An implicit objective of all DTC campaigns is to empower patients with information to speak to their HCP about a treatment or specific drug. Novartis has taken this notion a step further by actually demonstrating this in its new campaign for osteoporosis drug Reclast.
Reclast is a once-a-year infusion treatment, which creates a challenge for marketers trying to build “loyal” customers. However, the Reclast team and its agencies have introduced a proactive group of brand spokespeople to leverage information about the “Reclast experience.” On the website, we literally see a “coffee klatch” of women talking about their concerns with the drug and how they overcame them. It is not hard-hitting, but the conversation makes it very persuasive. The print ad is particularly effective because it conveys immediacy as well as an old-fashioned “down-to-earth” flavor via its use of a simple Courier typeface. In this campaign, after the testimonies of the patients, the typeface itself is the star—conveying emotion and signaling “something old/something new” to a target of 60+ year olds with whom it will resonate.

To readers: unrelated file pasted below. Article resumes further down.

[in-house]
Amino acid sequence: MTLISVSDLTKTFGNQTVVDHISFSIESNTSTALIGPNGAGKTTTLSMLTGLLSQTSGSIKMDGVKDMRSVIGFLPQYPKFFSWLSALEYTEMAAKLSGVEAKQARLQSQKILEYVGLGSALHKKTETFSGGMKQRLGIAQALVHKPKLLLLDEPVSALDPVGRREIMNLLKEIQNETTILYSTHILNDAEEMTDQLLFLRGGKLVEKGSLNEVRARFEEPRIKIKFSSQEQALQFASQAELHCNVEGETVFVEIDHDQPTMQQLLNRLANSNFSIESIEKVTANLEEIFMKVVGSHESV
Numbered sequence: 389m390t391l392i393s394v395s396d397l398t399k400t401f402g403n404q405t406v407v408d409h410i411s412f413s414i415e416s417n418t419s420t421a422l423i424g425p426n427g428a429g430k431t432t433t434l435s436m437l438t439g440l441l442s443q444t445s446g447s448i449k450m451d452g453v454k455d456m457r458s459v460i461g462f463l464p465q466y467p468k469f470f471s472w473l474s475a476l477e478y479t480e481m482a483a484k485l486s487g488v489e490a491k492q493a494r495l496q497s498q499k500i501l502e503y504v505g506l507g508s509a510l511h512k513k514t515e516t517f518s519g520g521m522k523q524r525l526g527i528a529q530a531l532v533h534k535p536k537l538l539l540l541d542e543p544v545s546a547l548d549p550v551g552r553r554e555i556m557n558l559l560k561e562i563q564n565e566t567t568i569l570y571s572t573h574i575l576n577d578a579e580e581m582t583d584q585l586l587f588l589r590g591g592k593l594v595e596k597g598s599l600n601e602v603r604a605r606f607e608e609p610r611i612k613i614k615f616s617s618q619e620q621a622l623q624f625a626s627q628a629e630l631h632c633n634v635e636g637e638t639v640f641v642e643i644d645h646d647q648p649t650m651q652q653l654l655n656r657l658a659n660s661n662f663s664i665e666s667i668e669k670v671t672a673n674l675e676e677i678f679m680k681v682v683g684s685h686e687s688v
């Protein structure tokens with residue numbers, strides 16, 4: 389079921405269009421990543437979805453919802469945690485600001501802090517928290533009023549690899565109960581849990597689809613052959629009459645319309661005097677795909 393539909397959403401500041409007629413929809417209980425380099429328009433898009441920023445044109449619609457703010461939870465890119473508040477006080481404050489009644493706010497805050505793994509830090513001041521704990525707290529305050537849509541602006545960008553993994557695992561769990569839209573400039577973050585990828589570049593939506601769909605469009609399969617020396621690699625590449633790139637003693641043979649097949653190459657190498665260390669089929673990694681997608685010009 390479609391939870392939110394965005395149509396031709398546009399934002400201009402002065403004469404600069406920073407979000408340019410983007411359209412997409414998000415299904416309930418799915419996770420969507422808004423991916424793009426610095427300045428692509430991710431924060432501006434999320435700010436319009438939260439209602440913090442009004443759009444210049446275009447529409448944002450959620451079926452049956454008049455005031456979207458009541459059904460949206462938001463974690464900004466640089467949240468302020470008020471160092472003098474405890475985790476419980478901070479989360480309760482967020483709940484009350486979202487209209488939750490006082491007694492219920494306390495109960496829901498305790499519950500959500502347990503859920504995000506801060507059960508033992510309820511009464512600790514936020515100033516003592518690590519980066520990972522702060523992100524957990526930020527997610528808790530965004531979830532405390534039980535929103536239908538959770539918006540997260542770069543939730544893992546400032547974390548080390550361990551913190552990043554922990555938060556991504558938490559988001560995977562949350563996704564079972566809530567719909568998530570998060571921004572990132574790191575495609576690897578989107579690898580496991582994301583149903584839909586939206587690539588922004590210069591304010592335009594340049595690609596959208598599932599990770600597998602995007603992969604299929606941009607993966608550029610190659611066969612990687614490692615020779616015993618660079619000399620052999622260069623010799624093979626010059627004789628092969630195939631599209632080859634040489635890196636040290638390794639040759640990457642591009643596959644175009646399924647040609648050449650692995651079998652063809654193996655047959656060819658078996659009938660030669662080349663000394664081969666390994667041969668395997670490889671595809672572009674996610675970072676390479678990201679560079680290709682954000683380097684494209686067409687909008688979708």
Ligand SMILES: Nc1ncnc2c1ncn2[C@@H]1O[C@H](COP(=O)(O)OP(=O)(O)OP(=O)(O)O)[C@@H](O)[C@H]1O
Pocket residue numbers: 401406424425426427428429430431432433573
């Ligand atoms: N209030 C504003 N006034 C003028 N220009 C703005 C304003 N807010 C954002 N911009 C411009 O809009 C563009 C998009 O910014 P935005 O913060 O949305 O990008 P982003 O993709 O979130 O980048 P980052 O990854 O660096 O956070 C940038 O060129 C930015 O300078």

The women we see in this campaign look very much like the drug's target audience, and with their “real” conversation and quotes in the print ad, they share genuine comments and concerns. Conveniently, the ad body copy answers these issues point-by point in easy-to-understand language.
You could say these women have been empowered to treat osteoporosis. And you would be right.
Deborah Dick-Rath is SVP, healthcare, at Symphony Advanced Media.